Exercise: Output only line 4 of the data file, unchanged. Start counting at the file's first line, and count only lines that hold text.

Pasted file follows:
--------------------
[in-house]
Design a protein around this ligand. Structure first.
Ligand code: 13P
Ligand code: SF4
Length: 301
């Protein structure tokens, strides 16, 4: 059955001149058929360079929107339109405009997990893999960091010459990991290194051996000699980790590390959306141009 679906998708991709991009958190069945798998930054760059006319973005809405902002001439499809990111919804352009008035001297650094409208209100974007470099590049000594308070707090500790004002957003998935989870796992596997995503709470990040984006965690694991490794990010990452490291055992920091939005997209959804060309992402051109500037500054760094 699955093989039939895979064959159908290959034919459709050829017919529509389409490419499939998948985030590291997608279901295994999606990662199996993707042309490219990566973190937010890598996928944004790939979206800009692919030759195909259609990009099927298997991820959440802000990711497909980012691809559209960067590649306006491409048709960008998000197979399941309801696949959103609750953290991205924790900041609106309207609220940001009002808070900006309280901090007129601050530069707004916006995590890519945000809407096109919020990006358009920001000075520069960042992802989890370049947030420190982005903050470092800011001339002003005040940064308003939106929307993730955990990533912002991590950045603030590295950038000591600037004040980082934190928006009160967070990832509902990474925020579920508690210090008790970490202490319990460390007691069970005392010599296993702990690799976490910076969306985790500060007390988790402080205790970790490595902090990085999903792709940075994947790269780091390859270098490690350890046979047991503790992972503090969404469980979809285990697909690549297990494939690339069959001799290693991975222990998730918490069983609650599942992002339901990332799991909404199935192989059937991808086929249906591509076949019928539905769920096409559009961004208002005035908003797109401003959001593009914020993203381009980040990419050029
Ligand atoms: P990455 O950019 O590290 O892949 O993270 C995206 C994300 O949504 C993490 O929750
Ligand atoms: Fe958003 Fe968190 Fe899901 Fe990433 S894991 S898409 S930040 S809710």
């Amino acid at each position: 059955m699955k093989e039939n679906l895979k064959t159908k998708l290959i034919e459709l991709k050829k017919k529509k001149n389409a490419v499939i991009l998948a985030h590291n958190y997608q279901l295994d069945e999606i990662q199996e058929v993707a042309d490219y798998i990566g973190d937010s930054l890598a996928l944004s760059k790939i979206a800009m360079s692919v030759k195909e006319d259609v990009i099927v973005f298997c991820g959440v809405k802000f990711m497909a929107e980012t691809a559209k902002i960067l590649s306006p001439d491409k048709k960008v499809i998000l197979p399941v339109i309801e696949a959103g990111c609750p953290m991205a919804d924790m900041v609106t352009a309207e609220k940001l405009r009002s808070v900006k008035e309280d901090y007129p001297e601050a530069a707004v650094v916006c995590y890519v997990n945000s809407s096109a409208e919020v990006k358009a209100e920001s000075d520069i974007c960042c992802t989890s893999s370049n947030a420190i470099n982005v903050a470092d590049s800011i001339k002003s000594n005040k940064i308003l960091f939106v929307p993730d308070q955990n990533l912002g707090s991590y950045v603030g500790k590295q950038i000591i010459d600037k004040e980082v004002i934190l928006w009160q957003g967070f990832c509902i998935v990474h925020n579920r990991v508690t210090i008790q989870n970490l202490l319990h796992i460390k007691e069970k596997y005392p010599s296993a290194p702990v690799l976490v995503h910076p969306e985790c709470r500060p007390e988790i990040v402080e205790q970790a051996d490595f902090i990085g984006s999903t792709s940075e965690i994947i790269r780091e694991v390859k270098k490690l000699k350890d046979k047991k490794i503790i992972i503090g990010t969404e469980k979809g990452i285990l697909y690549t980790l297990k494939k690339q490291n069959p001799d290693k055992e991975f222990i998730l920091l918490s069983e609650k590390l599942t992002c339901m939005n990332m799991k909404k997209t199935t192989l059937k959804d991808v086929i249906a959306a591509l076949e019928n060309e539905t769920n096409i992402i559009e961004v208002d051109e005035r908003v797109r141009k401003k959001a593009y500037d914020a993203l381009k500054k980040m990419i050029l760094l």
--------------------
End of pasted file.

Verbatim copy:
Ligand code: SF4